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What’s your thing?

You know—that thing that helps you be at your best.

It helps you be more productive. It makes completing your workload feel easier. It’s that little trick up your sleeve for managing tasks and getting things done.

Mine is making lists. I can’t start a task without a good, solid, pen-and-paper to-do list (no apps for me, thanks—this is one thing I go old-school for).

Most entrepreneurs have one—or several.

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It’s that little trick or tip that helps them manage their business better, makes things run more smoothly and efficiently, and just generally makes them an exceptional entrepreneur.

What is one thing that is absolutely essential for running your business?

I asked the members of the Young Entrepreneur Council for one thing that they find invaluable when running their business.

Creative suggestions were welcomed; after all, we all know that having a business plan helps you run your business, and that tracking your cash flow matters.

But I wanted more than that. I wanted to know what really makes these entrepreneurs tick.

The best part?

These ideas are totally stealable.

So, go ahead—check out what these entrepreneurs say is invaluable when it comes to running their business, and try them out for yourself.

Do you do any of these things? Did trying them out help you run your business better? Let me know what you think.

1. Taking input from your employees

Your employees are your greatest resource.

They see a side of the business that you might miss. They are around your product day in and day out, and might have a great idea for its improvement.

So, are you taking advantage of this resource—or taking it for granted?

Mark Daoust of Quiet Light Brokerage, Inc., says that his employee input is “the most valuable asset” he has in his company.

“Even though I am 100 percent owner of my company, I don’t make any significant decisions without consulting multiple people within my company,” he says.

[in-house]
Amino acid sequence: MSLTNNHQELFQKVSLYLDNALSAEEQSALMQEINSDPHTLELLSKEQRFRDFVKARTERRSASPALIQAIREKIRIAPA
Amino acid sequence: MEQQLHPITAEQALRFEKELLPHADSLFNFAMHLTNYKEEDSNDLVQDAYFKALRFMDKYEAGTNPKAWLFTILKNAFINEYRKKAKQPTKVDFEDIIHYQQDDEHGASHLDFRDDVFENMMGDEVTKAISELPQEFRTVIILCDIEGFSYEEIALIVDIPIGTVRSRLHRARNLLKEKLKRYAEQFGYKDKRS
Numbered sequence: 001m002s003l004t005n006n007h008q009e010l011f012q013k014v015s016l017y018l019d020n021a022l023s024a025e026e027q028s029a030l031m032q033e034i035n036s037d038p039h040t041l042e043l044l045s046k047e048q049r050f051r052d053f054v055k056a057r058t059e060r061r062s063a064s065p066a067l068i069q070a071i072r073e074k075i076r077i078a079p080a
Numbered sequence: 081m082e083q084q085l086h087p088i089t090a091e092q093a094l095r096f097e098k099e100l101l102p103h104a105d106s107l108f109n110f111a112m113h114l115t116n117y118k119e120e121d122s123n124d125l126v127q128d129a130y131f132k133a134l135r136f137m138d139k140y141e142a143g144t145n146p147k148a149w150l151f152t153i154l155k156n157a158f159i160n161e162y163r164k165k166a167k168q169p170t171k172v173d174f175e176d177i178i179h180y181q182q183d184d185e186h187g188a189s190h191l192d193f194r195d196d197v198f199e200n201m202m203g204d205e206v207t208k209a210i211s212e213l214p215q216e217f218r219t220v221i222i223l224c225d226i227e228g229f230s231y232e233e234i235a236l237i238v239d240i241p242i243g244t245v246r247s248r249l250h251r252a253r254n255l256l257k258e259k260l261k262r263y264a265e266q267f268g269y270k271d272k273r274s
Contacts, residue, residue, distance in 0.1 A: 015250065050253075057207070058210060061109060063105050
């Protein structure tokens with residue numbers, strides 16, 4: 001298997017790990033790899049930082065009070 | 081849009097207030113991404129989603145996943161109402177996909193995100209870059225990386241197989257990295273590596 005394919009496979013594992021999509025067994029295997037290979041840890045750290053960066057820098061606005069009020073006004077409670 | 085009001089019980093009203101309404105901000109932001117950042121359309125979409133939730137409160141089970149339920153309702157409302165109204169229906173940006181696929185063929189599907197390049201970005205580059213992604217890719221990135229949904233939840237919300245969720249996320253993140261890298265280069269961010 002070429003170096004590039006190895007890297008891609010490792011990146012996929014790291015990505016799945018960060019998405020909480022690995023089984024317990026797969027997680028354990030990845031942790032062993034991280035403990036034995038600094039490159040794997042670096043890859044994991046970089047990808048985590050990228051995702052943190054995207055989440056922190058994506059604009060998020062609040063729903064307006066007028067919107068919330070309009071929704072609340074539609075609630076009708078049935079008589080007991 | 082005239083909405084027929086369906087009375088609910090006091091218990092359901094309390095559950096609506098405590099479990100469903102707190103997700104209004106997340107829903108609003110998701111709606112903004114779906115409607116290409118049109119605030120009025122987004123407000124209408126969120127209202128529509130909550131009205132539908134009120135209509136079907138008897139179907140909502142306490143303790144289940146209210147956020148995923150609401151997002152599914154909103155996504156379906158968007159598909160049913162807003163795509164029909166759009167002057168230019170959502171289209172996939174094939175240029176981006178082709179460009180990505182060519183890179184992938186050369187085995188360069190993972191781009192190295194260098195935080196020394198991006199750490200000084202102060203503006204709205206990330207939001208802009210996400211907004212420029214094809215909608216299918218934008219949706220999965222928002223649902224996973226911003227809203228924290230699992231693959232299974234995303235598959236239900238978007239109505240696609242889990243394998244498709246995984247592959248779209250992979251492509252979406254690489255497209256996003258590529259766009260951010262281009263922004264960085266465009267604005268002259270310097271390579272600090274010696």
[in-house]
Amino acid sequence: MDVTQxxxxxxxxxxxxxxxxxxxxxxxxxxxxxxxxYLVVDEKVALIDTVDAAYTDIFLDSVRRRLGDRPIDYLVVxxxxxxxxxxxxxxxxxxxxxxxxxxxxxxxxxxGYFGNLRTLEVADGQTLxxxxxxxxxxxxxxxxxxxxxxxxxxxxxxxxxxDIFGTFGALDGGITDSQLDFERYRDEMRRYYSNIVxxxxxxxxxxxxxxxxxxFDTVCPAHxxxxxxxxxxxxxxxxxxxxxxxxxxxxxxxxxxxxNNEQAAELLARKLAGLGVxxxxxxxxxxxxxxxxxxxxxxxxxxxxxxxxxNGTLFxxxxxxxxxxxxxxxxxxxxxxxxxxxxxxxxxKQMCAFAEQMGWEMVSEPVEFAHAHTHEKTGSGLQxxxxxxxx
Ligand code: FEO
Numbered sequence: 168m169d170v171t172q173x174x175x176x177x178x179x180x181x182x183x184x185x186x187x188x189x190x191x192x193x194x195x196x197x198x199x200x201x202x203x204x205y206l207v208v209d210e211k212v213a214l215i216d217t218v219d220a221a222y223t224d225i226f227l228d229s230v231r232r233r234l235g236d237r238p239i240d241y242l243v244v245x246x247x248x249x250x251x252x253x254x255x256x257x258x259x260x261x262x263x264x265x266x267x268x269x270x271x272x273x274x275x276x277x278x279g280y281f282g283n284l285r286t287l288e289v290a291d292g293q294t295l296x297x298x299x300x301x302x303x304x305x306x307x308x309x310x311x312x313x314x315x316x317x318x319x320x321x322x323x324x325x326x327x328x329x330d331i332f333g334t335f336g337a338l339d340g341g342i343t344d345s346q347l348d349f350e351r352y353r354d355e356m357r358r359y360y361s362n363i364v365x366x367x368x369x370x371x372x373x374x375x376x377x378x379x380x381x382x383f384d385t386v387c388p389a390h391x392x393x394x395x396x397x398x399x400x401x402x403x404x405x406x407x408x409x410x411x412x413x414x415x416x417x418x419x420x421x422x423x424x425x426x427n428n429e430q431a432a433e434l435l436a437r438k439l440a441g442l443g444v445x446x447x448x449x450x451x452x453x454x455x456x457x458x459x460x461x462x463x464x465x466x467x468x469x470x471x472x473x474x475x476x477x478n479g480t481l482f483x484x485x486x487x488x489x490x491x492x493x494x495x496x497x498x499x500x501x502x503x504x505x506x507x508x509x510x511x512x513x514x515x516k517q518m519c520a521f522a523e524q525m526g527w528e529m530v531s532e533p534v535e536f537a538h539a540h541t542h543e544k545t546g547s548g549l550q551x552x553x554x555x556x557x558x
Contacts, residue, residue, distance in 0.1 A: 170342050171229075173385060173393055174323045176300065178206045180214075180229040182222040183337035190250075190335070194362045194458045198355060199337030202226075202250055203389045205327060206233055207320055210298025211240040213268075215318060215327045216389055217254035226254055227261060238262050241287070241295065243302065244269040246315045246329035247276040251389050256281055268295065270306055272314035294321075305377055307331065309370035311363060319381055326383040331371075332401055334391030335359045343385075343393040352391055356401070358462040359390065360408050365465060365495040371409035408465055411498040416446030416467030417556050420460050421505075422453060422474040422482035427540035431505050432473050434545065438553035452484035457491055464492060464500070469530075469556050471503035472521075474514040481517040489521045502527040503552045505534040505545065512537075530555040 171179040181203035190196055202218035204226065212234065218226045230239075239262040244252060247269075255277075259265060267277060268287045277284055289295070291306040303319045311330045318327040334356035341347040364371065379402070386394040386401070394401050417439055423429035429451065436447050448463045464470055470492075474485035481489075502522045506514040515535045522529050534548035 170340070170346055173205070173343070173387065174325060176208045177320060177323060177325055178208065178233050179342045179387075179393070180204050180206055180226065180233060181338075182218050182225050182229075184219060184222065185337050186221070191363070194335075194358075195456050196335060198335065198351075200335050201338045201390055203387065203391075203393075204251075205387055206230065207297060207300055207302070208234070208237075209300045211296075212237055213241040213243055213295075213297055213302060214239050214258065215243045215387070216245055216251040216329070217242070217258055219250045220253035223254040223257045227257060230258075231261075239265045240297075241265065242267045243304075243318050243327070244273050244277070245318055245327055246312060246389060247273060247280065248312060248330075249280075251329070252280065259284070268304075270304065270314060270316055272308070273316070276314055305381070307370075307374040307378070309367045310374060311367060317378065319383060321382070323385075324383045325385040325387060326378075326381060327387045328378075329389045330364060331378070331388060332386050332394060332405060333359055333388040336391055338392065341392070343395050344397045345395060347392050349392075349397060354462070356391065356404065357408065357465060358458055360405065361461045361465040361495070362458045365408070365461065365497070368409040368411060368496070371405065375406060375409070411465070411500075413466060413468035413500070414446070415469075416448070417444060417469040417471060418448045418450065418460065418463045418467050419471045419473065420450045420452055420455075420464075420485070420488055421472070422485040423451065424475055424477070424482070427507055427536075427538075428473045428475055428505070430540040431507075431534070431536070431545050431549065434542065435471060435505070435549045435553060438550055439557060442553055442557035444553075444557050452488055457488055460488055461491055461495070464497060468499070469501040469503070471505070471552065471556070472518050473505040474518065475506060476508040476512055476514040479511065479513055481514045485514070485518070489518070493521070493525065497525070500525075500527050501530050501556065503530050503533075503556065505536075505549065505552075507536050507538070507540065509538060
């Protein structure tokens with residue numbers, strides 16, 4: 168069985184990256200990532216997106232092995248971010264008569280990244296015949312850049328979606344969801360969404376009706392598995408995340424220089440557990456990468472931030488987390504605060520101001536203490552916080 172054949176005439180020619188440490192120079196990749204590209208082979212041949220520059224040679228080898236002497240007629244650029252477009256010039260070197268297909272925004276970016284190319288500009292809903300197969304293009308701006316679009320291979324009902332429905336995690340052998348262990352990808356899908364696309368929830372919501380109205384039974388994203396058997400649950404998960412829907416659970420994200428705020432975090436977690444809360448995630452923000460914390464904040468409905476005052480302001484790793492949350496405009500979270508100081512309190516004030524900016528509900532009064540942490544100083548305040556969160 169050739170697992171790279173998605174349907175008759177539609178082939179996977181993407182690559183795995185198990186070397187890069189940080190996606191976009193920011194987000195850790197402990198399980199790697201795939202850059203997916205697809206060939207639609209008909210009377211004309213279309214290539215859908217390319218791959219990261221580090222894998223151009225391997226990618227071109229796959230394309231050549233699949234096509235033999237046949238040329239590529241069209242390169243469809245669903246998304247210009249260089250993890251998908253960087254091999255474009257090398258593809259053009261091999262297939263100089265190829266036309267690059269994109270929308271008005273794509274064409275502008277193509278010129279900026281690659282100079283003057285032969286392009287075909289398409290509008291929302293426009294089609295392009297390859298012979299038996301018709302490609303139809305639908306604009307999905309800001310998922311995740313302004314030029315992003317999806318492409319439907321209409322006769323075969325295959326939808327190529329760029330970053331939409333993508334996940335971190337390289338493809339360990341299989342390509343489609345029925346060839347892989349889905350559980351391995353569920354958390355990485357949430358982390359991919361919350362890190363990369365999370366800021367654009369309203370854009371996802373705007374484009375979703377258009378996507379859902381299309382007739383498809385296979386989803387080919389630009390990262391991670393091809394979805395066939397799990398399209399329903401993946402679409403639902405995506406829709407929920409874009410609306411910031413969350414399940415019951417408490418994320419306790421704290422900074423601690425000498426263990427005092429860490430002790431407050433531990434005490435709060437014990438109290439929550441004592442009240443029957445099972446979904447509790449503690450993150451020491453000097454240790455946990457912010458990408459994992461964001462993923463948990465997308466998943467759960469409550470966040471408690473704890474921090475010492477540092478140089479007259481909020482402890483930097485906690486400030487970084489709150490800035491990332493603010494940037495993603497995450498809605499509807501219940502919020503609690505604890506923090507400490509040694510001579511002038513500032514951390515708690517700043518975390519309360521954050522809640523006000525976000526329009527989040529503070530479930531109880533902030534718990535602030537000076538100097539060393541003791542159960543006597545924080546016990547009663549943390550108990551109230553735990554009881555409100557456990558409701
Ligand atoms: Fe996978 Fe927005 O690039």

He adds: “They see the business from a completely different perspective, which I simply can’t get.”

2. Scheduling time for your personal life

When you’re starting out, it makes sense that your personal life takes a back seat.

In that mad rush to get your business up and running, you might have slacked when it came to time with friends, date night with your partner, or just time for yourself.

However, once you’ve achieved a little more routine, it’s important to schedule in time for your life outside of work.

“Personal appointments have to be considered just as important (or even more important) than the work meetings you have on your book,” says Cassie Petrey of Crowd Surf.

“When I block off a dinner with friends, a movie date with my boyfriend, a dentist appointment, attending a wedding, or anything else in my calendar, those times are completely unavailable for meetings.”

While it might be hard to follow at first, it’s great advice.

Not only will it make your life feel more balanced, but you’ll look forward to tackling work projects, instead of seeing them as a chore.

3. Using Trello

I’ve said it once and I’ll say it again—we love Trello.

It’s a convenient, easy-to-use project management system—what’s not to love?

We’re not alone; Marcela DeVivo of National Debt Relief recommends it, and it’s a valuable tool in her business arsenal.

“We use Trello to track and prioritize all projects,” she says. “It provides an overview of what everyone on each team is working on and which tasks are pending.”